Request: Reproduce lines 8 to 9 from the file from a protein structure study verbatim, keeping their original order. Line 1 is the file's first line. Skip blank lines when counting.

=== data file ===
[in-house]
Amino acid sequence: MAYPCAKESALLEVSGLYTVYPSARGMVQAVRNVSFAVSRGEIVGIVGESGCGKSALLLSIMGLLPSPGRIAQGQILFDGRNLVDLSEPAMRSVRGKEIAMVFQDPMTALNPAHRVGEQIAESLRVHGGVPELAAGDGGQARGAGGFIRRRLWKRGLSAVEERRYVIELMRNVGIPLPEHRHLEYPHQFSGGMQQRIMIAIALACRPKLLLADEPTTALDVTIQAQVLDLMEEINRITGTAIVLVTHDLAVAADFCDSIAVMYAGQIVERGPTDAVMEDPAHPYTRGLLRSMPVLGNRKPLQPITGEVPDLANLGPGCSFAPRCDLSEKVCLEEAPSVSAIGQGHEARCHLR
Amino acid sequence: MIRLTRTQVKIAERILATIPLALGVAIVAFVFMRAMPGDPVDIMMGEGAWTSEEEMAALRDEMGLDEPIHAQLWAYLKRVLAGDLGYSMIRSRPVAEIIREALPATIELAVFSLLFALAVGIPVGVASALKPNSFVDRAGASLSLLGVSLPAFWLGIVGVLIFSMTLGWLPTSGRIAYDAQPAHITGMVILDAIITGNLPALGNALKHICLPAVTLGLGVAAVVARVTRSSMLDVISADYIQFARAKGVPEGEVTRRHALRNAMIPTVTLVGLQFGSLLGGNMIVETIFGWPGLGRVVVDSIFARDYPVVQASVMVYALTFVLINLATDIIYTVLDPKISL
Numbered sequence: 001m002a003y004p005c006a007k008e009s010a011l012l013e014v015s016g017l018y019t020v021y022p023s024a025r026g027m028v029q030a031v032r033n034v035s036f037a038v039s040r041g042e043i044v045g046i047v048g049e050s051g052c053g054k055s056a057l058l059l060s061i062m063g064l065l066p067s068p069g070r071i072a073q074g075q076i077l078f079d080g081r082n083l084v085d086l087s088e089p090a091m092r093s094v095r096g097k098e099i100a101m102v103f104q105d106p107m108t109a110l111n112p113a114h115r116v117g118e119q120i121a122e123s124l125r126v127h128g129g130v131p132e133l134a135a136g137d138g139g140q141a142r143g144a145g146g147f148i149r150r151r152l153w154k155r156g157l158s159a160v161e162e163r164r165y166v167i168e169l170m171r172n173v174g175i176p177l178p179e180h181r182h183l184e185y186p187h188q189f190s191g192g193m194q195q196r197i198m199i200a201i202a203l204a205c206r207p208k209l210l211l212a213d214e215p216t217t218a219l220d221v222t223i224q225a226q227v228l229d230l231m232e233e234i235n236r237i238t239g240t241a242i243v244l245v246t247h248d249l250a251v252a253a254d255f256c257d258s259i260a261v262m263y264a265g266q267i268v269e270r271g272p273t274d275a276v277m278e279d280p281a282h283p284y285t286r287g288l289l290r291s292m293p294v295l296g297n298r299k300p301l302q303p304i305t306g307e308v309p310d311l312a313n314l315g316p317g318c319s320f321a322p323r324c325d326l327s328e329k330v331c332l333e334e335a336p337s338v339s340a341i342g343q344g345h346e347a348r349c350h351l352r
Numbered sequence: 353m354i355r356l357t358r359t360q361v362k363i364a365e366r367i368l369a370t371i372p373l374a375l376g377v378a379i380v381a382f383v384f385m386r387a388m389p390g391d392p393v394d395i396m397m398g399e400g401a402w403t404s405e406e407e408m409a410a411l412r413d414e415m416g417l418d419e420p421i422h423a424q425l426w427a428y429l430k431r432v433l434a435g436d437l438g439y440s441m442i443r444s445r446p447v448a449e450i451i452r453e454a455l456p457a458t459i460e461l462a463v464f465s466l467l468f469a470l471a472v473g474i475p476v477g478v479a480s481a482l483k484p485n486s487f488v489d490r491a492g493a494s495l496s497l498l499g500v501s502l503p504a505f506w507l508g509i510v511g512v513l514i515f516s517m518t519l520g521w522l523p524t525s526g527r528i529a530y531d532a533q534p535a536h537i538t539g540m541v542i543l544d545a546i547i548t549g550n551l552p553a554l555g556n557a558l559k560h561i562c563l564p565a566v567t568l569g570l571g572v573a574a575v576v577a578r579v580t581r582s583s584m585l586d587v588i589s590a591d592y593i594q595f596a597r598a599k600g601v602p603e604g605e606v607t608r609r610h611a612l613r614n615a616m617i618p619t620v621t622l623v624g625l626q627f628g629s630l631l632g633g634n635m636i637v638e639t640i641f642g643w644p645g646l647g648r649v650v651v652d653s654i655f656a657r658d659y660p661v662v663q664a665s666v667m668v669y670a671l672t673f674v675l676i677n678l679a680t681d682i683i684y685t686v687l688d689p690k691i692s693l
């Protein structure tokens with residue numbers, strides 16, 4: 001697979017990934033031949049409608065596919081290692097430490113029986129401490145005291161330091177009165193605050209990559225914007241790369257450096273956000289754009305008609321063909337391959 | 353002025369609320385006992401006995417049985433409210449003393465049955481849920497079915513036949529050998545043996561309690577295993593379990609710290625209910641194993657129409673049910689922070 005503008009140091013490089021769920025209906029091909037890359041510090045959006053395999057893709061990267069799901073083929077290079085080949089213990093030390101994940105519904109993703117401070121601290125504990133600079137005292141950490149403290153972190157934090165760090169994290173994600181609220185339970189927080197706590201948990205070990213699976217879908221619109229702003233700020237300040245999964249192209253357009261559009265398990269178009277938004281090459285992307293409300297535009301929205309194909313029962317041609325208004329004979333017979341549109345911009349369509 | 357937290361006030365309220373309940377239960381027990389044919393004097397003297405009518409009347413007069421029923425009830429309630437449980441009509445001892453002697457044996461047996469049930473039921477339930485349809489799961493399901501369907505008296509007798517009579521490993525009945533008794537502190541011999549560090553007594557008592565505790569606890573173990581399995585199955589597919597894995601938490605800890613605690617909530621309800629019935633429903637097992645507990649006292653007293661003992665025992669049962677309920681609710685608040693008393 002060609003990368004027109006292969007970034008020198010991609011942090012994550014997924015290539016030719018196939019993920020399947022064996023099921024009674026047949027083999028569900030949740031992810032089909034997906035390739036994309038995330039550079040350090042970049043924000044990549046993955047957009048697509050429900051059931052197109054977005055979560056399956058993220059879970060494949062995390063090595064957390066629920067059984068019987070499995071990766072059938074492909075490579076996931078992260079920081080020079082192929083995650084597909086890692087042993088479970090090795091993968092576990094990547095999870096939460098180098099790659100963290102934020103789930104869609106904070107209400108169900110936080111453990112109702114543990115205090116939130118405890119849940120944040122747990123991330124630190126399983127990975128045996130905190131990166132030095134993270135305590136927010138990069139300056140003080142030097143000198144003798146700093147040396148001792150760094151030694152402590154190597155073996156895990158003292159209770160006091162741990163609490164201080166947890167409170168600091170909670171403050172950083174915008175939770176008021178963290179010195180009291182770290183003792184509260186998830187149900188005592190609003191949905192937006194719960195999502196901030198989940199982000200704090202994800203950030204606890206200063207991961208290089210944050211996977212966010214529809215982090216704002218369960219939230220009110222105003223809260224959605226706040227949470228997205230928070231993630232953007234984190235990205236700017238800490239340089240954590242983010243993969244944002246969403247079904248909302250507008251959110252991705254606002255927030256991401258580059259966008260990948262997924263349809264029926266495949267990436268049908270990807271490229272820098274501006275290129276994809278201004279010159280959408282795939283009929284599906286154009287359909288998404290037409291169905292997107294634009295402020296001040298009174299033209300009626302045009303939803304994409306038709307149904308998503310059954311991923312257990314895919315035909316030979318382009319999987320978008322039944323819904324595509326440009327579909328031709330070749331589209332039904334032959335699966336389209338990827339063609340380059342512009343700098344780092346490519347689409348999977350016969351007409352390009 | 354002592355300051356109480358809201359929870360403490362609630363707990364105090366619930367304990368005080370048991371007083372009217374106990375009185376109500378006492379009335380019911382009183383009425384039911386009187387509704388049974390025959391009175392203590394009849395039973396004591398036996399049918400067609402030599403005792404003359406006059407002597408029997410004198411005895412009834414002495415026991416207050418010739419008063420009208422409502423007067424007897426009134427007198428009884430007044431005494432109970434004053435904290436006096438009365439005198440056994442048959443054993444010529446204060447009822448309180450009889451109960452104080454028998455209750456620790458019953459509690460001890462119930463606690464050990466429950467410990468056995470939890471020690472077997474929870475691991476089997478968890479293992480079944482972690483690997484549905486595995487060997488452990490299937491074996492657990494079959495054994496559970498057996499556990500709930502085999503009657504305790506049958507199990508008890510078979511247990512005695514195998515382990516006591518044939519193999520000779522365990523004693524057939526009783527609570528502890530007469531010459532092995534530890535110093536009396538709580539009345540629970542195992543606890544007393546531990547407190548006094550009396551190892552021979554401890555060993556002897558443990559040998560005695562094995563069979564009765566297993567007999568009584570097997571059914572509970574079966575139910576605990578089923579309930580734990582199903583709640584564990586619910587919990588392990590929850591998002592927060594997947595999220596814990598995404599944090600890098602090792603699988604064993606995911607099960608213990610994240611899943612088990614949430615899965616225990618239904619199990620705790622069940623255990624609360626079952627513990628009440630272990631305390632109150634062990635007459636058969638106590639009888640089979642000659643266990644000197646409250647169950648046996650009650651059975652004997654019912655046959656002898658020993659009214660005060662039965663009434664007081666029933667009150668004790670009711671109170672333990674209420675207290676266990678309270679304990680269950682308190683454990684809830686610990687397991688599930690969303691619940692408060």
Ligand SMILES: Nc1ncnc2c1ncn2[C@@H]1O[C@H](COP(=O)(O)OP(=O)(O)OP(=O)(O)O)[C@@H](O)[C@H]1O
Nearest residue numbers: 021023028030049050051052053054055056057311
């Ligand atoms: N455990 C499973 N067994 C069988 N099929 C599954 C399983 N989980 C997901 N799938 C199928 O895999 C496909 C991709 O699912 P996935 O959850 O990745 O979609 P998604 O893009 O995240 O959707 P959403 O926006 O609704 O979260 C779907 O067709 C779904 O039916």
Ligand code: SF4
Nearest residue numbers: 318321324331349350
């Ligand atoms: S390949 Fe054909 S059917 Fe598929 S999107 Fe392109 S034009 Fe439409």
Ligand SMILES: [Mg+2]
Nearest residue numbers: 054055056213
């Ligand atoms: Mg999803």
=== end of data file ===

Nearest residue numbers: 021023028030049050051052053054055056057311
């Ligand atoms: N455990 C499973 N067994 C069988 N099929 C599954 C399983 N989980 C997901 N799938 C199928 O895999 C496909 C991709 O699912 P996935 O959850 O990745 O979609 P998604 O893009 O995240 O959707 P959403 O926006 O609704 O979260 C779907 O067709 C779904 O039916």